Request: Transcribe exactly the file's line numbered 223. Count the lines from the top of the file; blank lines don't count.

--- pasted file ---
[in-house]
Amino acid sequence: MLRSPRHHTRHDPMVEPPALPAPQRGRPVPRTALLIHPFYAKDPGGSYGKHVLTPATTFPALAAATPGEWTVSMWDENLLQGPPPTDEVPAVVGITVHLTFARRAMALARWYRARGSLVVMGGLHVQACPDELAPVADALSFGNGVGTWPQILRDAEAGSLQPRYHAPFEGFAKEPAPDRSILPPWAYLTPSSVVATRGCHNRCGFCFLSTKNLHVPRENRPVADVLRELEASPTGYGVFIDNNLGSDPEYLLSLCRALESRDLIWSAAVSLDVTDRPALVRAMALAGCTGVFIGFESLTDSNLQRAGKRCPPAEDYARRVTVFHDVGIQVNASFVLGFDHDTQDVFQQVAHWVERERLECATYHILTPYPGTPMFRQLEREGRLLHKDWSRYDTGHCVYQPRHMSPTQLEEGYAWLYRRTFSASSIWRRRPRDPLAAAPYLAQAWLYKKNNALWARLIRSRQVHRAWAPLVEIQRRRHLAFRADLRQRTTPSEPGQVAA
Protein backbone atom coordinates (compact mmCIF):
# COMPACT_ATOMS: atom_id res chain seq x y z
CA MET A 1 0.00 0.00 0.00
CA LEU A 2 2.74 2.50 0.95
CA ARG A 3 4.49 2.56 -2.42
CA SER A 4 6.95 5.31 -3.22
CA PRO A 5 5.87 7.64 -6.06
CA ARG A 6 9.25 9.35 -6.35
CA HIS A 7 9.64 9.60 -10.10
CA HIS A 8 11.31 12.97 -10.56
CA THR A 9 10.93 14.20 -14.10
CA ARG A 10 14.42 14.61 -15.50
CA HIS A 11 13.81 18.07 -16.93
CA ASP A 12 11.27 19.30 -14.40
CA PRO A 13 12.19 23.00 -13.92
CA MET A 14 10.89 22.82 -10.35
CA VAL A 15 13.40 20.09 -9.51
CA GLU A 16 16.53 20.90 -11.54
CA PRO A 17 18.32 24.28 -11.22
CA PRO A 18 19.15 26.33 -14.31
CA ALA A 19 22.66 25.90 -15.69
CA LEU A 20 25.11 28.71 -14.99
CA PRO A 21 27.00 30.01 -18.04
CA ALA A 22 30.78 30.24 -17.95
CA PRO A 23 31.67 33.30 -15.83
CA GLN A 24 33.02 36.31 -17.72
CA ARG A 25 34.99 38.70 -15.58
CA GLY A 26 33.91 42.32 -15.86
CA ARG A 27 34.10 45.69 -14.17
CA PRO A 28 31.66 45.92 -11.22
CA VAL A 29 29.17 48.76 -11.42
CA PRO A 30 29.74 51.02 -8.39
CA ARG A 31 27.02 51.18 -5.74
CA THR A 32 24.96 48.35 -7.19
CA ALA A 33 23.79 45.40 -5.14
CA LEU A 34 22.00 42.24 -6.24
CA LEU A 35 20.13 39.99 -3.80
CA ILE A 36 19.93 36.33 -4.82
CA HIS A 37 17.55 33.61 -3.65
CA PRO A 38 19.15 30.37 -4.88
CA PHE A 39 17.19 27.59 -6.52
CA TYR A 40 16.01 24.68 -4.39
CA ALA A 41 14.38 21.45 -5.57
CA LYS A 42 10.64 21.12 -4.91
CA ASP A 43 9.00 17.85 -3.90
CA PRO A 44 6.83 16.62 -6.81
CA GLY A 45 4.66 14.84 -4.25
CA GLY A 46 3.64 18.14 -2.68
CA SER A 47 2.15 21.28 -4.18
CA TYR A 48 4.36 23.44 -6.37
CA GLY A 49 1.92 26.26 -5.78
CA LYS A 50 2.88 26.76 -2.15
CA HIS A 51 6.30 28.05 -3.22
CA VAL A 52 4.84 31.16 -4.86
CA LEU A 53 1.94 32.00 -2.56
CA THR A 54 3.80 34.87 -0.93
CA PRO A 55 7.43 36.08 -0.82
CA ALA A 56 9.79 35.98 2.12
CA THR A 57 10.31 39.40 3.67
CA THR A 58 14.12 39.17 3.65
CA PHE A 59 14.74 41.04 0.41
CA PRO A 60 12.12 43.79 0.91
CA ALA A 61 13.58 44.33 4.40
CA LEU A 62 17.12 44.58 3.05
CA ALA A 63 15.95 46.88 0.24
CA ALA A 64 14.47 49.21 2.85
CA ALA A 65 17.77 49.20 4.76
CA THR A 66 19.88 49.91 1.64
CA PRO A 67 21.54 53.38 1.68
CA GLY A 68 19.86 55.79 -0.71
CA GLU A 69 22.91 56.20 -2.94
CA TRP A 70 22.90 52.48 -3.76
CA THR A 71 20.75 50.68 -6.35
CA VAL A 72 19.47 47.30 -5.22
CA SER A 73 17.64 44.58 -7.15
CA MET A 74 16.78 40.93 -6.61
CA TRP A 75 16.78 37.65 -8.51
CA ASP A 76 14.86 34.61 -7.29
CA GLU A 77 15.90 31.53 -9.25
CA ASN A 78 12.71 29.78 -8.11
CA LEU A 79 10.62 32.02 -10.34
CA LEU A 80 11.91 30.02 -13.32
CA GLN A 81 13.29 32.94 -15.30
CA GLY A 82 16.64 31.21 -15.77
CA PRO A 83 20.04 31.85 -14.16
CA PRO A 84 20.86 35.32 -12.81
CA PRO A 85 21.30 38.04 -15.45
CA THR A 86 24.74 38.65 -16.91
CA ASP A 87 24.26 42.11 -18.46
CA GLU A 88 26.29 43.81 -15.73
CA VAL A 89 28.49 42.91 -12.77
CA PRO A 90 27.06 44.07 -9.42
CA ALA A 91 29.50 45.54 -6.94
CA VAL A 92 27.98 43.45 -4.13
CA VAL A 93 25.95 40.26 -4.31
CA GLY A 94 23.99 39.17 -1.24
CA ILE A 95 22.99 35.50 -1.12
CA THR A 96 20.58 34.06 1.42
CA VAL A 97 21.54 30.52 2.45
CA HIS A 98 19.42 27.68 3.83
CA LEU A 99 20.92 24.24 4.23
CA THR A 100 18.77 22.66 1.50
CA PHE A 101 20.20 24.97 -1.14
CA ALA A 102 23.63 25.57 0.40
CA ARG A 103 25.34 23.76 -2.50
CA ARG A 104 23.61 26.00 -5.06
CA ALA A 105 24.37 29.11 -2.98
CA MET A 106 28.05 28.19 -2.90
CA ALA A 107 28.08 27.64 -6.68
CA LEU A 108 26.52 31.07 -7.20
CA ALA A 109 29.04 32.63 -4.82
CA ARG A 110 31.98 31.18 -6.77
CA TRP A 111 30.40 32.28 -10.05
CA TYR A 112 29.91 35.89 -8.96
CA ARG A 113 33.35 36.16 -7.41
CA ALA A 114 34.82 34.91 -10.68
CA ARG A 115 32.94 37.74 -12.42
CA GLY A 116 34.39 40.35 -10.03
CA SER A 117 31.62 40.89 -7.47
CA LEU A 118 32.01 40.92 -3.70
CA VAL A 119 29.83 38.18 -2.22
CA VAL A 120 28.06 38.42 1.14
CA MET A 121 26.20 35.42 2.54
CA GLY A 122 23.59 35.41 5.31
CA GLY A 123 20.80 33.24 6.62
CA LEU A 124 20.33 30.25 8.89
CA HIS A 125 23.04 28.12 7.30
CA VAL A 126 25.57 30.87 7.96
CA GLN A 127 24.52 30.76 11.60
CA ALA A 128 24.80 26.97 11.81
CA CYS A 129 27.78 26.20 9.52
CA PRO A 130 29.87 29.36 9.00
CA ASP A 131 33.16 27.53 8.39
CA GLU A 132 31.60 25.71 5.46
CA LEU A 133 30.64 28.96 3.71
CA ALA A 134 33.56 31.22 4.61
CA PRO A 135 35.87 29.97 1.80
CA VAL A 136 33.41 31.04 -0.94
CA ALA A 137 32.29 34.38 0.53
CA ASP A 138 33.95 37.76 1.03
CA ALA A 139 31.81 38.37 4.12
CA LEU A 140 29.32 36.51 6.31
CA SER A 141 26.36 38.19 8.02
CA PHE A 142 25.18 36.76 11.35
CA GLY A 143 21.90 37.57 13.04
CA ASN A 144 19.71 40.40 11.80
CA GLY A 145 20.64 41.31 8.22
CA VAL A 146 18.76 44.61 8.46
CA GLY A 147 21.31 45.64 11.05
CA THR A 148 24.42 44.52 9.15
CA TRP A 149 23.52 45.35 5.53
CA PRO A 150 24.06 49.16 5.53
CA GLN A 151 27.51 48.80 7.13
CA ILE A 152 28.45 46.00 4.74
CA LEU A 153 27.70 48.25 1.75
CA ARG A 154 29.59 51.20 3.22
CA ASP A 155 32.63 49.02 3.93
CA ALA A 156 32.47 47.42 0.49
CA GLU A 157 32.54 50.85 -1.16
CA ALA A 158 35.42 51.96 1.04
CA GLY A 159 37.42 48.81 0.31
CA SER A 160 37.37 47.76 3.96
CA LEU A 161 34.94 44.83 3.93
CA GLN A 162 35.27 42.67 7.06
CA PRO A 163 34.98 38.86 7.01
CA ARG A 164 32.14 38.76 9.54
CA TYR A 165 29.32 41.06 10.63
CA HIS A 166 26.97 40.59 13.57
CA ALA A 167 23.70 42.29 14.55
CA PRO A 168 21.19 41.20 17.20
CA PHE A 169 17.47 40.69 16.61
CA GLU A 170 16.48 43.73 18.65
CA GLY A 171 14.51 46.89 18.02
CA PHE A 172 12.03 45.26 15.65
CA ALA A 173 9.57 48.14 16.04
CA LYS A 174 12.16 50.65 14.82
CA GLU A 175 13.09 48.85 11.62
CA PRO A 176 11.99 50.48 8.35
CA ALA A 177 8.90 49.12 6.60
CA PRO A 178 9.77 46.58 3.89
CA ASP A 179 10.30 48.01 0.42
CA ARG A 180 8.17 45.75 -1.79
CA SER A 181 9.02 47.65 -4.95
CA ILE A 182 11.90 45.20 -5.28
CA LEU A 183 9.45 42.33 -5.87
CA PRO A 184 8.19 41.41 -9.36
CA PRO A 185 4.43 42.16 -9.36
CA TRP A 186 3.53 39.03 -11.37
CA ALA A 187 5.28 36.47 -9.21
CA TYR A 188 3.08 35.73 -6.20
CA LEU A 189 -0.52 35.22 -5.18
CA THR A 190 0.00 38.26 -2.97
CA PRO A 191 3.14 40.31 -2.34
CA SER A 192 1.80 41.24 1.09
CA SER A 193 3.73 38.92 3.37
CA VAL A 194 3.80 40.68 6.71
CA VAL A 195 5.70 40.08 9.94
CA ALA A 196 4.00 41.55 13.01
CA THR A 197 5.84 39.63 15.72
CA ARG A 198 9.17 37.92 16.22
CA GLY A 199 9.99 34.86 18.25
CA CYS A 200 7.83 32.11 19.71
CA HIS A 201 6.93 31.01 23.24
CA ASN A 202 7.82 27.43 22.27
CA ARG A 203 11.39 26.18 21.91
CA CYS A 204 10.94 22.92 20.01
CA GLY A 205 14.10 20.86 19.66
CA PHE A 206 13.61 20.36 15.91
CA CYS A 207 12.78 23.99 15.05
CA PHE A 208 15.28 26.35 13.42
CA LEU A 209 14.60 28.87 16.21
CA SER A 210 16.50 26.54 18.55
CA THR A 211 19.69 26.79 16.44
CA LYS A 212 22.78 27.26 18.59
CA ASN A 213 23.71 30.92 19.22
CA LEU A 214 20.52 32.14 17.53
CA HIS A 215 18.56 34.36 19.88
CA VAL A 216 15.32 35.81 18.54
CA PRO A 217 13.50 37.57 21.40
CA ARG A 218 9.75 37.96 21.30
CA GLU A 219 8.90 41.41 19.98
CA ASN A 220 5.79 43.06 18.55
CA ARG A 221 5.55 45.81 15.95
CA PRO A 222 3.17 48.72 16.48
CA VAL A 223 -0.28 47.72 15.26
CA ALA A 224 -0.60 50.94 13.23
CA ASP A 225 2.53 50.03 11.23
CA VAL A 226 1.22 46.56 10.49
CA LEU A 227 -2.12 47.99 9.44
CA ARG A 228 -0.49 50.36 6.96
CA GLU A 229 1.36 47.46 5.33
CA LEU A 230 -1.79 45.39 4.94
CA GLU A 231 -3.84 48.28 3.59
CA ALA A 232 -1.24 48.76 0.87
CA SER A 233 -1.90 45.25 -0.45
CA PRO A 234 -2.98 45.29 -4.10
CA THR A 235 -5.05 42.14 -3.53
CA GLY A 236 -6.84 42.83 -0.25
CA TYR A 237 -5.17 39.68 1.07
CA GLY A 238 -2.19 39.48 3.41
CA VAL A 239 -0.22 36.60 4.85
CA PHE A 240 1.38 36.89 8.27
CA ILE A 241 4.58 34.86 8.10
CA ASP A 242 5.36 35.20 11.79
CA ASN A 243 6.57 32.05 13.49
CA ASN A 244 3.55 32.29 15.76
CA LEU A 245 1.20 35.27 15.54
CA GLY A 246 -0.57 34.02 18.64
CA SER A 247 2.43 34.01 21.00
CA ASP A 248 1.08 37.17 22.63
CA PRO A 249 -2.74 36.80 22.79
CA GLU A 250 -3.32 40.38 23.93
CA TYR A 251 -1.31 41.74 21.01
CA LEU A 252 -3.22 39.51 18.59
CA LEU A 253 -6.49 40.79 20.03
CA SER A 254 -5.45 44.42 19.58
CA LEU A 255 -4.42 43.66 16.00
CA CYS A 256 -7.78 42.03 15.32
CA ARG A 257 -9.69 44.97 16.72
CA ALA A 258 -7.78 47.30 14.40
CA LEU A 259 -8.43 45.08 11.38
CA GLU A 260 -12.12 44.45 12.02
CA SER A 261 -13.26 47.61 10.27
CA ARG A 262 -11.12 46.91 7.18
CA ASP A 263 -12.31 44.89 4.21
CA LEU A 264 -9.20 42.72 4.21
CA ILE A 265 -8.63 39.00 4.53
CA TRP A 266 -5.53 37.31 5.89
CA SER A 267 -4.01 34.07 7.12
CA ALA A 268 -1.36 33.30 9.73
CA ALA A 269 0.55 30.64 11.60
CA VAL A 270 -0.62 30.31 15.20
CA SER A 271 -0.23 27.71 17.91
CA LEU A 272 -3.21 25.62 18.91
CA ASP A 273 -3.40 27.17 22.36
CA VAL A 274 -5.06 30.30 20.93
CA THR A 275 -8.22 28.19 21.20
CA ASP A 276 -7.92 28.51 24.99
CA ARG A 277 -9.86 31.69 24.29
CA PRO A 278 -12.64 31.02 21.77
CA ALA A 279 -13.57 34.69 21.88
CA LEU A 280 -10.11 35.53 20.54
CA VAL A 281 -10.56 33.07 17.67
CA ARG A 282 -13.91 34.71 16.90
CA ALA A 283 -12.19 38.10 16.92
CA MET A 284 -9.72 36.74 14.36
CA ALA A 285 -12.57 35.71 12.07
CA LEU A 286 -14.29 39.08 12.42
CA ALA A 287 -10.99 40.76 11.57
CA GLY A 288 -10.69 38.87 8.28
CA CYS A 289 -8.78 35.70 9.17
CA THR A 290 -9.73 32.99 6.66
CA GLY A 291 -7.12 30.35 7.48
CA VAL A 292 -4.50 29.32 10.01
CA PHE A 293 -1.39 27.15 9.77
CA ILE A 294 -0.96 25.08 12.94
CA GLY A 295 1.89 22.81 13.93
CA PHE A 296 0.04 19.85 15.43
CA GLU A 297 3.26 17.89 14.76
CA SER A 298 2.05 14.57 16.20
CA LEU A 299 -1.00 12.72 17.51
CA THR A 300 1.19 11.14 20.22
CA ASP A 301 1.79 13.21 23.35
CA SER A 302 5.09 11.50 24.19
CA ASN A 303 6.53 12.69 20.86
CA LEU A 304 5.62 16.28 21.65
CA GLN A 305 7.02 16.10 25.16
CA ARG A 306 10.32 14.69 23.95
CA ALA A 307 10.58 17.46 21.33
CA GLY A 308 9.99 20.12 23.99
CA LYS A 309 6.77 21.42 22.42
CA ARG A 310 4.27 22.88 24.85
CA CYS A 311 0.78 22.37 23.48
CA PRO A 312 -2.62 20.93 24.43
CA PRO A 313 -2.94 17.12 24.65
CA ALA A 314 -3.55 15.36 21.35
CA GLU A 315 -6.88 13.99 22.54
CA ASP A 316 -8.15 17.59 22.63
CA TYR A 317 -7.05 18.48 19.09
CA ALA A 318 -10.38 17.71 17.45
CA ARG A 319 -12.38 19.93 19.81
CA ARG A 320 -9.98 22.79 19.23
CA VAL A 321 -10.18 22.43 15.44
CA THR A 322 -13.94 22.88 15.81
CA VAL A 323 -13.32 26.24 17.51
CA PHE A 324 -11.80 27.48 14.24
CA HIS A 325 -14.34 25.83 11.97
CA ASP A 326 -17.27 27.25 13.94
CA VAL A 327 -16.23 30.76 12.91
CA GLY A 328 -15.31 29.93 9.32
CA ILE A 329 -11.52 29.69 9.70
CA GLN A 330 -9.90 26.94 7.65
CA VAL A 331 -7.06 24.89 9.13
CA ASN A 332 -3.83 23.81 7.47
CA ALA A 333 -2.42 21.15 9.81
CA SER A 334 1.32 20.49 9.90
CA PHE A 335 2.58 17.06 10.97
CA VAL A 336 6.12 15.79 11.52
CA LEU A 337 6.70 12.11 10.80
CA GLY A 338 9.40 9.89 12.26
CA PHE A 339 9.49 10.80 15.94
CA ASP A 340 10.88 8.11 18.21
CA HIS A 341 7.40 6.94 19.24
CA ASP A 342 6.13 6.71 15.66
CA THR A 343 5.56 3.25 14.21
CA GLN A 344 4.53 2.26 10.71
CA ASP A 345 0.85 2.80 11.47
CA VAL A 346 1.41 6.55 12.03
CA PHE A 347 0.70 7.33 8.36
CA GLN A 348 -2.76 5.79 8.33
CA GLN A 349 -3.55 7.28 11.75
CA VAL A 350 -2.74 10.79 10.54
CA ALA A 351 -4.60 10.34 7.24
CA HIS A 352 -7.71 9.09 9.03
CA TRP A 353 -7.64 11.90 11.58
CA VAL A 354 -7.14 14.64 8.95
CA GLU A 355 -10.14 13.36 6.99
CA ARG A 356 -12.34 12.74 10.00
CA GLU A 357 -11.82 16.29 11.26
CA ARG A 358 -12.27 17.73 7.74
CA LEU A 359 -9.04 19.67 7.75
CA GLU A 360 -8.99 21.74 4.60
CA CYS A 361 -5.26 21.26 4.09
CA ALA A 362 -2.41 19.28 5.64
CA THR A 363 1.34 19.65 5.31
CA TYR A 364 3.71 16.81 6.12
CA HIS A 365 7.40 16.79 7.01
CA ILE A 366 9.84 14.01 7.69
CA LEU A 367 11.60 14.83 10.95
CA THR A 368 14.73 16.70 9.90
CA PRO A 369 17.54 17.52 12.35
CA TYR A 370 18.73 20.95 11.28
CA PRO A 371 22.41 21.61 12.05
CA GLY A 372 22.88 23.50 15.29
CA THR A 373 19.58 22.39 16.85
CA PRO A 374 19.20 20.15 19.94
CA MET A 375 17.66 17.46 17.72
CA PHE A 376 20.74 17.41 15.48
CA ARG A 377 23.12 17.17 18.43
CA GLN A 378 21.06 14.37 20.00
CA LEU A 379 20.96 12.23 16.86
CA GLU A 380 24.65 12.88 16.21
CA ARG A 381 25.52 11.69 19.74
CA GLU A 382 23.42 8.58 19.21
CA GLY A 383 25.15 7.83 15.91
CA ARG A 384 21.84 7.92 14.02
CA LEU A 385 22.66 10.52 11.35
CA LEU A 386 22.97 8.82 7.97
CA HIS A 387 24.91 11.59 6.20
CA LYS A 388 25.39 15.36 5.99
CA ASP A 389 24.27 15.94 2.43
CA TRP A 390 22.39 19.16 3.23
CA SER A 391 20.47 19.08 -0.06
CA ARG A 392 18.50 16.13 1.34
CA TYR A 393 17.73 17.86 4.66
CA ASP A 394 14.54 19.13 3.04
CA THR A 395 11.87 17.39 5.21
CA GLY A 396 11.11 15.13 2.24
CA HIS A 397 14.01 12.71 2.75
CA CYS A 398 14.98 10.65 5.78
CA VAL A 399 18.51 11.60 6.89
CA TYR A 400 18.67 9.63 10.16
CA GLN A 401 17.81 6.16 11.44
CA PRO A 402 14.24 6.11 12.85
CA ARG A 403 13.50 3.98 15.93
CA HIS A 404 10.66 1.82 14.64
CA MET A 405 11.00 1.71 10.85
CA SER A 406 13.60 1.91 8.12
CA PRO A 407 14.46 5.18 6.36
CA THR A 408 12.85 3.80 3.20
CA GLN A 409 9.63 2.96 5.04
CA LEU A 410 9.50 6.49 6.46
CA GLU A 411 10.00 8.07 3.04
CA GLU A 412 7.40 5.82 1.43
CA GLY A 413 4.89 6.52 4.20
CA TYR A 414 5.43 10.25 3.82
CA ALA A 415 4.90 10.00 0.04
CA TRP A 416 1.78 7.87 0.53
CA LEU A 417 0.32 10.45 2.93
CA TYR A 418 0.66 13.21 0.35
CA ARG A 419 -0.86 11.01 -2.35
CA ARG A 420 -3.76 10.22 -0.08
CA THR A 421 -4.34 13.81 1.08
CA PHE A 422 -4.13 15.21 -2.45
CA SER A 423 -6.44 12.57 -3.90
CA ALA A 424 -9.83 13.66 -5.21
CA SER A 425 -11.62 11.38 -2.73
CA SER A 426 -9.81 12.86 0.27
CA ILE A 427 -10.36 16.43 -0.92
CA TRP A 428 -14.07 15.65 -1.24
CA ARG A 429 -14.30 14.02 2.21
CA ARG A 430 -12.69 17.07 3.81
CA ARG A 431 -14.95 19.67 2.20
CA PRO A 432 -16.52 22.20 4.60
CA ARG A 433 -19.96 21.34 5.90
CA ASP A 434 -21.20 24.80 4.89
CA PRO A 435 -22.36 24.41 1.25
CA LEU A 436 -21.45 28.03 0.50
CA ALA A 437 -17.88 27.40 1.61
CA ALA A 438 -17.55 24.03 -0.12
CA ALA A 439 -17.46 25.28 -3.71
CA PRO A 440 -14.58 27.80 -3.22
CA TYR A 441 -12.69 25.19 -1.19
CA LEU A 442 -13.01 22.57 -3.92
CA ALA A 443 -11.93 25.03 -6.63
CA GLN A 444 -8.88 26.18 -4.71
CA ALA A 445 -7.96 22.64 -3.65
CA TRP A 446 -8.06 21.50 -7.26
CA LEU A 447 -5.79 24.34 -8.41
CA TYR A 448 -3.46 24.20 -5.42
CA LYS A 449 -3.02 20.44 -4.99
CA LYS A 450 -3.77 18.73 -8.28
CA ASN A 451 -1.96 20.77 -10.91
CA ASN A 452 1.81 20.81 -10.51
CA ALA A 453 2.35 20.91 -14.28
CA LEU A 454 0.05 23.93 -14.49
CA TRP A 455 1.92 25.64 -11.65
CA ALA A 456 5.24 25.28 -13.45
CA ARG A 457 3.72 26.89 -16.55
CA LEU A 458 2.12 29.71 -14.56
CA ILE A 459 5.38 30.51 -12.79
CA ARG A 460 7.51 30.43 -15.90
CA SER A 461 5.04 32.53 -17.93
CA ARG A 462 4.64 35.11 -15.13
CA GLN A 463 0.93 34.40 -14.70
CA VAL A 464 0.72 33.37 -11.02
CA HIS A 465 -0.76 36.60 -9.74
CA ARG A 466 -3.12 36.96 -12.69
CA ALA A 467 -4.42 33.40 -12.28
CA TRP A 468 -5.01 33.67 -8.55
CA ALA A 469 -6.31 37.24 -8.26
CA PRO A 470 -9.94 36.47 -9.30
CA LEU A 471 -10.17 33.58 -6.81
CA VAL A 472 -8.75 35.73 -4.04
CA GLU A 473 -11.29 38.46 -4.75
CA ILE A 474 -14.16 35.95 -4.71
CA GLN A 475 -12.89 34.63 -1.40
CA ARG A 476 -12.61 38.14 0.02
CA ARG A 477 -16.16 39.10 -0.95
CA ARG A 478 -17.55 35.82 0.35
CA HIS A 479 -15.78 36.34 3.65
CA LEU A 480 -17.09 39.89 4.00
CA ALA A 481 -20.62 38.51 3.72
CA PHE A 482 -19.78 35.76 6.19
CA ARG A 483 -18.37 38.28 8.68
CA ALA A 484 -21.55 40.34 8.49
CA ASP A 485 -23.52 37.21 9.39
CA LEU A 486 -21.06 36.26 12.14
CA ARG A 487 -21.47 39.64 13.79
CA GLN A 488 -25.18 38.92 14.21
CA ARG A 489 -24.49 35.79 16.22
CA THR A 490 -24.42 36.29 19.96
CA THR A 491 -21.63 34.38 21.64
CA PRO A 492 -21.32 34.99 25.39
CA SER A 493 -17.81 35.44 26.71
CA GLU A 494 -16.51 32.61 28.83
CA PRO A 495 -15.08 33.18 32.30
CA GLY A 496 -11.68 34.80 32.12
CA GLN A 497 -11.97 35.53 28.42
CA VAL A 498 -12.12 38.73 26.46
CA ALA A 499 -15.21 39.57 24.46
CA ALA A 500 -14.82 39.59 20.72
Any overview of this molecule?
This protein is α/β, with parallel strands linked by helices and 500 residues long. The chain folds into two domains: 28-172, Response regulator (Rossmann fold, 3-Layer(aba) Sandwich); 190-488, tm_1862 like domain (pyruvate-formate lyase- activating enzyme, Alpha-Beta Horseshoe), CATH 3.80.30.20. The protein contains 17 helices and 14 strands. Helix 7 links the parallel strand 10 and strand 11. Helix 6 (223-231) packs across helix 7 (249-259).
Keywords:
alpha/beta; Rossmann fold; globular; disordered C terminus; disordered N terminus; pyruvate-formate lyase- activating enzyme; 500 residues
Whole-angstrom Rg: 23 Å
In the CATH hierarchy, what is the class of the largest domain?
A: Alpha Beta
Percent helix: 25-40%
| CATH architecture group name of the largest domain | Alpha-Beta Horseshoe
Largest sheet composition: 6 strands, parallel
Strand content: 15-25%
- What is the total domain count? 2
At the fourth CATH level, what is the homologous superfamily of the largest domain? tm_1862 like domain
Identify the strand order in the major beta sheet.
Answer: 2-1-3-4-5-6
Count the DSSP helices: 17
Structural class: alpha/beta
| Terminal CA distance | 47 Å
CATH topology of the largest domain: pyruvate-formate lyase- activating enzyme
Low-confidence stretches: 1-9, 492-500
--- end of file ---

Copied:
CA GLU A 219 8.90 41.41 19.98